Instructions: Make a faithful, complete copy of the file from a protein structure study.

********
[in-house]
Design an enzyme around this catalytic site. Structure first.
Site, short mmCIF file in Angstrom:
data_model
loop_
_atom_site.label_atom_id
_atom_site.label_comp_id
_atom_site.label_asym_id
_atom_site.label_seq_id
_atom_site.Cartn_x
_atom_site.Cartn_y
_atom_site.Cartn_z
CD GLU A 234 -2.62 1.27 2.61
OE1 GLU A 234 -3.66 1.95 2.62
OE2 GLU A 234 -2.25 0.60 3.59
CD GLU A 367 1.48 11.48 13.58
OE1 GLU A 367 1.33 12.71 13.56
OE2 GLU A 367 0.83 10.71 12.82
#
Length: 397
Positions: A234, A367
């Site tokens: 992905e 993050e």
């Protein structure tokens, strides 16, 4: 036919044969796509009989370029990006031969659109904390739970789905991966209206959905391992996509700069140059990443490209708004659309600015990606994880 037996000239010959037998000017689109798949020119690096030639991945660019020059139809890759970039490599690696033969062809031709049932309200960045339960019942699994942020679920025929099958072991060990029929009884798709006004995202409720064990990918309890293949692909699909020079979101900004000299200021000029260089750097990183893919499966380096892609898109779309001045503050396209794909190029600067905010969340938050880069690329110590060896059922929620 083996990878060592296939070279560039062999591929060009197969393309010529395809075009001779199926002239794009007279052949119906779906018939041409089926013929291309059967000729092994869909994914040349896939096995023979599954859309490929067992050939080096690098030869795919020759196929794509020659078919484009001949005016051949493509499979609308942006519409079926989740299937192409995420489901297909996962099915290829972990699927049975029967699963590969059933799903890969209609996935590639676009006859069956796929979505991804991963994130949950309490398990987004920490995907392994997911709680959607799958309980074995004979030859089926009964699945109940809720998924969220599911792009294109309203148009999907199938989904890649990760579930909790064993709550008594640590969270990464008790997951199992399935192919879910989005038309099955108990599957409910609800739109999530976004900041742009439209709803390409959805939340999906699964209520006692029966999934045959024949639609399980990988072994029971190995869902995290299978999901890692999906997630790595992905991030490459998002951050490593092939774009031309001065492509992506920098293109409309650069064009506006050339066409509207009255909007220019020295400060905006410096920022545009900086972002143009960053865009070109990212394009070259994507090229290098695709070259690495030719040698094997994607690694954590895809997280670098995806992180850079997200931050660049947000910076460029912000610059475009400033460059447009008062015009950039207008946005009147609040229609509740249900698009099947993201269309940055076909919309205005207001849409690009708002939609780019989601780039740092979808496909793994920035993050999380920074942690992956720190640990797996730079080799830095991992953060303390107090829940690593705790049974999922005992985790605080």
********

[in-house]
Design an enzyme around this catalytic site. Structure first.
Site, short mmCIF file in Angstrom:
data_model
loop_
_atom_site.label_atom_id
_atom_site.label_comp_id
_atom_site.label_asym_id
_atom_site.label_seq_id
_atom_site.Cartn_x
_atom_site.Cartn_y
_atom_site.Cartn_z
CD GLU A 234 -2.62 1.27 2.61
OE1 GLU A 234 -3.66 1.95 2.62
OE2 GLU A 234 -2.25 0.60 3.59
CD GLU A 367 1.48 11.48 13.58
OE1 GLU A 367 1.33 12.71 13.56
OE2 GLU A 367 0.83 10.71 12.82
#
Length: 397
Positions: A234, A367
């Site tokens: 992905e 993050e």
């Protein structure tokens, strides 16, 4: 036919044969796509009989370029990006031969659109904390739970789905991966209206959905391992996509700069140059990443490209708004659309600015990606994880 037996000239010959037998000017689109798949020119690096030639991945660019020059139809890759970039490599690696033969062809031709049932309200960045339960019942699994942020679920025929099958072991060990029929009884798709006004995202409720064990990918309890293949692909699909020079979101900004000299200021000029260089750097990183893919499966380096892609898109779309001045503050396209794909190029600067905010969340938050880069690329110590060896059922929620 083996990878060592296939070279560039062999591929060009197969393309010529395809075009001779199926002239794009007279052949119906779906018939041409089926013929291309059967000729092994869909994914040349896939096995023979599954859309490929067992050939080096690098030869795919020759196929794509020659078919484009001949005016051949493509499979609308942006519409079926989740299937192409995420489901297909996962099915290829972990699927049975029967699963590969059933799903890969209609996935590639676009006859069956796929979505991804991963994130949950309490398990987004920490995907392994997911709680959607799958309980074995004979030859089926009964699945109940809720998924969220599911792009294109309203148009999907199938989904890649990760579930909790064993709550008594640590969270990464008790997951199992399935192919879910989005038309099955108990599957409910609800739109999530976004900041742009439209709803390409959805939340999906699964209520006692029966999934045959024949639609399980990988072994029971190995869902995290299978999901890692999906997630790595992905991030490459998002951050490593092939774009031309001065492509992506920098293109409309650069064009506006050339066409509207009255909007220019020295400060905006410096920022545009900086972002143009960053865009070109990212394009070259994507090229290098695709070259690495030719040698094997994607690694954590895809997280670098995806992180850079997200931050660049947000910076460029912000610059475009400033460059447009008062015009950039207008946005009147609040229609509740249900698009099947993201269309940055076909919309205005207001849409690009708002939609780019989601780039740092979808496909793994920035993050999380920074942690992956720190640990797996730079080799830095991992953060303390107090829940690593705790049974999922005992985790605080």